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Pre- and post-task resting-state differs in clinical populations


Lor, Cindy Sumaly; Zhang, Mengfan; Karner, Alexander; Steyrl, David; Sladky, Ronald; Scharnowski, Frank; Haugg, Amelie (2023). Pre- and post-task resting-state differs in clinical populations. NeuroImage: Clinical, 37:103345.

Abstract

Resting-state functional connectivity has generated great hopes as a potential brain biomarker for improving prevention, diagnosis, and treatment in psychiatry. This neuroimaging protocol can routinely be performed by patients and does not depend on the specificities of a task. Thus, it seems ideal for big data approaches that require aggregating data across multiple studies and sites. However, technical variability, diverging data analysis approaches, and differences in data acquisition protocols introduce heterogeneity to the aggregated data. Besides these technical aspects, a prior task that changes the psychological state of participants might also contribute to heterogeneity. In healthy participants, studies have shown that behavioral tasks can influence resting-state measures, but such effects have not yet been reported in clinical populations. Here, we fill this knowledge gap by comparing resting-state functional connectivity before and after clinically relevant tasks in two clinical conditions, namely substance use disorders and phobias. The tasks consisted of viewing craving-inducing and spider anxiety provoking pictures that are frequently used in cue-reactivity studies and exposure therapy. We found distinct pre- vs post-task resting-state connectivity differences in each group, as well as decreased thalamo-cortical and increased intra-thalamic connectivity which might be associated with decreased vigilance in both groups. Our results confirm that resting-state measures can be strongly influenced by prior emotion-inducing tasks that need to be taken into account when pooling resting-state scans for clinical biomarker detection. This demands that resting-state datasets should include a complete description of the experimental design, especially when a task preceded data collection.

Abstract

Resting-state functional connectivity has generated great hopes as a potential brain biomarker for improving prevention, diagnosis, and treatment in psychiatry. This neuroimaging protocol can routinely be performed by patients and does not depend on the specificities of a task. Thus, it seems ideal for big data approaches that require aggregating data across multiple studies and sites. However, technical variability, diverging data analysis approaches, and differences in data acquisition protocols introduce heterogeneity to the aggregated data. Besides these technical aspects, a prior task that changes the psychological state of participants might also contribute to heterogeneity. In healthy participants, studies have shown that behavioral tasks can influence resting-state measures, but such effects have not yet been reported in clinical populations. Here, we fill this knowledge gap by comparing resting-state functional connectivity before and after clinically relevant tasks in two clinical conditions, namely substance use disorders and phobias. The tasks consisted of viewing craving-inducing and spider anxiety provoking pictures that are frequently used in cue-reactivity studies and exposure therapy. We found distinct pre- vs post-task resting-state connectivity differences in each group, as well as decreased thalamo-cortical and increased intra-thalamic connectivity which might be associated with decreased vigilance in both groups. Our results confirm that resting-state measures can be strongly influenced by prior emotion-inducing tasks that need to be taken into account when pooling resting-state scans for clinical biomarker detection. This demands that resting-state datasets should include a complete description of the experimental design, especially when a task preceded data collection.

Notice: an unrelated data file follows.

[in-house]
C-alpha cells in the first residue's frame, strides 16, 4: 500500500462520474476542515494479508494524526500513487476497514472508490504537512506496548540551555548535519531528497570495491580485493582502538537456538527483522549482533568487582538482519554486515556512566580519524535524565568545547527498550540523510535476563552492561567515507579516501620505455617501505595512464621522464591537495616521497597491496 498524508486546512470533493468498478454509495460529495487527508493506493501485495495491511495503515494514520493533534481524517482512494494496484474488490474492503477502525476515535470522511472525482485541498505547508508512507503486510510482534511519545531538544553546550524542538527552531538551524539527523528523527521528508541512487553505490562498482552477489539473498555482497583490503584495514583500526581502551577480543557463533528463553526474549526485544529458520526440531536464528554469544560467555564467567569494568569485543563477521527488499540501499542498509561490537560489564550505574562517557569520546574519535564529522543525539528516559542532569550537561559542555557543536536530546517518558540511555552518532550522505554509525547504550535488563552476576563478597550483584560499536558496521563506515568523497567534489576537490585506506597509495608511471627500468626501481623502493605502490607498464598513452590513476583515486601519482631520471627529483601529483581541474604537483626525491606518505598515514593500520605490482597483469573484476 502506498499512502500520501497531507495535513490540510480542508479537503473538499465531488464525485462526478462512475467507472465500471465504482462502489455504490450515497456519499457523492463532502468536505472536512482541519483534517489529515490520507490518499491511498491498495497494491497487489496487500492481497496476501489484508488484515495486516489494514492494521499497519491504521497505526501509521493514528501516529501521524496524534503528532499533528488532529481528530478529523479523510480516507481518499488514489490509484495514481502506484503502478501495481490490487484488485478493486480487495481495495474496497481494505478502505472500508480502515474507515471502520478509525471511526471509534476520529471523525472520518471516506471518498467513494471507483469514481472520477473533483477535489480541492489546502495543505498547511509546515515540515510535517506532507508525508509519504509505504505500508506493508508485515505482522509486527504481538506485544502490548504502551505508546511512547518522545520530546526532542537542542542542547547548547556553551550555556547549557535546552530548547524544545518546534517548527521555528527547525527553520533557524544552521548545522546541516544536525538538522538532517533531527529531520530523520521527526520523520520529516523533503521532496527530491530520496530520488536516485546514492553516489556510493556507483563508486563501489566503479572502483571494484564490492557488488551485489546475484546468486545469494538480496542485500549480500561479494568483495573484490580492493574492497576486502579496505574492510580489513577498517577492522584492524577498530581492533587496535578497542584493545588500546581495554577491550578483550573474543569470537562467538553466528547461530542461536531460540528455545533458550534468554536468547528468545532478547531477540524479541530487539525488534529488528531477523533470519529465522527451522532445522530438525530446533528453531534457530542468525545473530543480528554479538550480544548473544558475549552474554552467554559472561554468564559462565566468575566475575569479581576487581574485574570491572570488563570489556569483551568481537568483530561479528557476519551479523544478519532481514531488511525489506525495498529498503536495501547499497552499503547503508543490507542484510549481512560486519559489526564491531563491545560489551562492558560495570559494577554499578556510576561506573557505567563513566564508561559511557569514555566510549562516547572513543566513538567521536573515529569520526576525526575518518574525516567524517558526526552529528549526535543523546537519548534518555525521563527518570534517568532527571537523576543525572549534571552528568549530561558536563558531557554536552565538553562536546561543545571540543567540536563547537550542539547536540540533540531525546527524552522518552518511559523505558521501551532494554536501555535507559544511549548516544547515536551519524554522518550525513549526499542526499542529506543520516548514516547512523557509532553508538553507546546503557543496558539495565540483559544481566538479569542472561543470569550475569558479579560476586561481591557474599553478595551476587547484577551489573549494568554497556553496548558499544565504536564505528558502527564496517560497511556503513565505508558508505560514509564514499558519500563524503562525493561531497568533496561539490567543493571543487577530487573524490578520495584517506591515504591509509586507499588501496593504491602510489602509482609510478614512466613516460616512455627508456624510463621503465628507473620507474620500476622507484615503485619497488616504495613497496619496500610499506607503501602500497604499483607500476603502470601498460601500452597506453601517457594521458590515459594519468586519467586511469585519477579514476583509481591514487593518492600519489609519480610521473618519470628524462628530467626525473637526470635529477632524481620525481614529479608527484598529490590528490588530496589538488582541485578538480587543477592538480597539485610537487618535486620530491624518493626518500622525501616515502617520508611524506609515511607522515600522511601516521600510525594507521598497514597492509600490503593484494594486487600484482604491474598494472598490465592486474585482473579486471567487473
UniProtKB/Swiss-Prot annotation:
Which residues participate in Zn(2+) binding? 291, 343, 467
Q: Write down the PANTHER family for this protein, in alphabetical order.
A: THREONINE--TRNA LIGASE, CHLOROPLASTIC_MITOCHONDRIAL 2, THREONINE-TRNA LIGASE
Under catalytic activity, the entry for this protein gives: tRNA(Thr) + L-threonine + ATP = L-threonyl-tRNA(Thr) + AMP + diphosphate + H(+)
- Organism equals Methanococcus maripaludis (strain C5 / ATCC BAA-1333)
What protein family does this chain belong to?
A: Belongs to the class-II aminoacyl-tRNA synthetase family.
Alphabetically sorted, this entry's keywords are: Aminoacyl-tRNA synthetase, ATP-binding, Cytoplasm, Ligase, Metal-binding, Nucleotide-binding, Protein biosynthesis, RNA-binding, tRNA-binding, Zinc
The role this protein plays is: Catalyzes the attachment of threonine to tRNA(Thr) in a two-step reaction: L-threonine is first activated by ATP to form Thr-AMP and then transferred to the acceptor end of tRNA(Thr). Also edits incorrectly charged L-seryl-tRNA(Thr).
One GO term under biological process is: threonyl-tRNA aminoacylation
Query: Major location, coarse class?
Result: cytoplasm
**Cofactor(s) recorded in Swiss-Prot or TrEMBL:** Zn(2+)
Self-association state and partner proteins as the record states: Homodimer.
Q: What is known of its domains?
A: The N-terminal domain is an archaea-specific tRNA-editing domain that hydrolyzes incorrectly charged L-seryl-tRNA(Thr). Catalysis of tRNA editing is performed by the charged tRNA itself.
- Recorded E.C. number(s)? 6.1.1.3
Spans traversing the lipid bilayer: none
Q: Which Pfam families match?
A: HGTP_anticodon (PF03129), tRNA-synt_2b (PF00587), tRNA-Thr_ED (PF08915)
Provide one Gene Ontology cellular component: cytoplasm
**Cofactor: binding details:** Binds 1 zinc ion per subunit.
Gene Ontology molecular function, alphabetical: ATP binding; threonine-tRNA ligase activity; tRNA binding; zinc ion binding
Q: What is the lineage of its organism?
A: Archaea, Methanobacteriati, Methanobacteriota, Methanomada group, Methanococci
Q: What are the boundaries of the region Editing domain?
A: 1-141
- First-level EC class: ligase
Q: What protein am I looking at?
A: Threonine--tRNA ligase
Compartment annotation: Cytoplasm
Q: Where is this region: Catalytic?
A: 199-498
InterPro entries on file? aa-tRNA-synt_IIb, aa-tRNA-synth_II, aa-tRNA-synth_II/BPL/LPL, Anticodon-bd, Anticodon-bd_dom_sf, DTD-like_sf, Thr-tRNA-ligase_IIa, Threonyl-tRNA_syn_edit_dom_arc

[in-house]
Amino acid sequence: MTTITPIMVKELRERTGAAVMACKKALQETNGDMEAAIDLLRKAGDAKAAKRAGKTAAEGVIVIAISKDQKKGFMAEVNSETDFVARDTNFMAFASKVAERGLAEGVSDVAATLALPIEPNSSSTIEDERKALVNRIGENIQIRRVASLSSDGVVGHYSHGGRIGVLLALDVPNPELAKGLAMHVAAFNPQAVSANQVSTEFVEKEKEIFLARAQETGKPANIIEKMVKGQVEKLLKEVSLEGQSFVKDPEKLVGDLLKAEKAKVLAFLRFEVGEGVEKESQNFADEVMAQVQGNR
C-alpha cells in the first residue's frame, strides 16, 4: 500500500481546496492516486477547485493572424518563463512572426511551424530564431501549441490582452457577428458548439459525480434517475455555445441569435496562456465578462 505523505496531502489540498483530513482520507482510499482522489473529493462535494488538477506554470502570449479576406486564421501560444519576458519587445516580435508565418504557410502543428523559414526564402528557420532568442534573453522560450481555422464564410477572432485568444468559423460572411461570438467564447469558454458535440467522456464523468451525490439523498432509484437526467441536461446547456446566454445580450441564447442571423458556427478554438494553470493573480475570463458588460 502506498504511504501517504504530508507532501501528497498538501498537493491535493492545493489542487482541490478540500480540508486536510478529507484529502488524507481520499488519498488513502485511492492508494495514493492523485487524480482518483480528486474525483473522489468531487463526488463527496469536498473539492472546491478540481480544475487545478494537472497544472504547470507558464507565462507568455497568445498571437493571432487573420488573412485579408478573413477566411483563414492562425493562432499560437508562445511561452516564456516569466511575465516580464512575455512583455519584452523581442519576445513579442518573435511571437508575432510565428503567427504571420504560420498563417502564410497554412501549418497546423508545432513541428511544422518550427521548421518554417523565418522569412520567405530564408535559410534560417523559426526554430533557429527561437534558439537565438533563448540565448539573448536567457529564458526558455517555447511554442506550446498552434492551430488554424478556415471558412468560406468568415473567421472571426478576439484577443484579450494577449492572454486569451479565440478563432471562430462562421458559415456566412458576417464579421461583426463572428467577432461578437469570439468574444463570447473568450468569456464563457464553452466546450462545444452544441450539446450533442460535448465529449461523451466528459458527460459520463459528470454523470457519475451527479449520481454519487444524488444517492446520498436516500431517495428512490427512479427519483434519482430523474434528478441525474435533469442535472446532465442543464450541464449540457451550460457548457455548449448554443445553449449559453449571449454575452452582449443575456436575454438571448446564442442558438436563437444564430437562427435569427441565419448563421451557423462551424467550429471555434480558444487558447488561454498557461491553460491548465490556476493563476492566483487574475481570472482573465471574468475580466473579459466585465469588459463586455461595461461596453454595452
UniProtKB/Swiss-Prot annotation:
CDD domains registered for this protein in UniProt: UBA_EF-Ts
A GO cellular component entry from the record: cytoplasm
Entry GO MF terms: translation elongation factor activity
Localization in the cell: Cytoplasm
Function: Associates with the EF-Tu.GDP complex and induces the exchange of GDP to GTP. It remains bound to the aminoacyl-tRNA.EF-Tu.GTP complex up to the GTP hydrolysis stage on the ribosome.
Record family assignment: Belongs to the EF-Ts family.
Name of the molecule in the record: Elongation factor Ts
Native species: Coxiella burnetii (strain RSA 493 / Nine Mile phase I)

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Additional indexing

Item Type:Journal Article, refereed, original work
Communities & Collections:04 Faculty of Medicine > Psychiatric University Hospital Zurich > Clinic for Psychiatry, Psychotherapy, and Psychosomatics
04 Faculty of Medicine > Psychiatric University Hospital Zurich > Department of Child and Adolescent Psychiatry
Dewey Decimal Classification:610 Medicine & health
Scopus Subject Areas:Health Sciences > Radiology, Nuclear Medicine and Imaging
Life Sciences > Neurology
Health Sciences > Neurology (clinical)
Life Sciences > Cognitive Neuroscience
Uncontrolled Keywords:Clinical biomarkers; Functional connectivity; Nicotine addiction; Pre-post changes; Resting-state; Specific phobia
Language:English
Date:1 January 2023
Deposited On:23 Jan 2024 11:38
Last Modified:30 Apr 2024 01:48
Publisher:Elsevier
ISSN:2213-1582
OA Status:Gold
Free access at:Publisher DOI. An embargo period may apply.
Publisher DOI:https://doi.org/10.1016/j.nicl.2023.103345
PubMed ID:36780835
Project Information:
  • : FunderUniversität Zürich
  • : Grant ID
  • : Project Title
  • : FunderBaugarten Stiftung
  • : Grant ID
  • : Project Title
  • Content: Published Version
  • Language: English
  • Licence: Creative Commons: Attribution-NonCommercial-NoDerivatives 4.0 International (CC BY-NC-ND 4.0)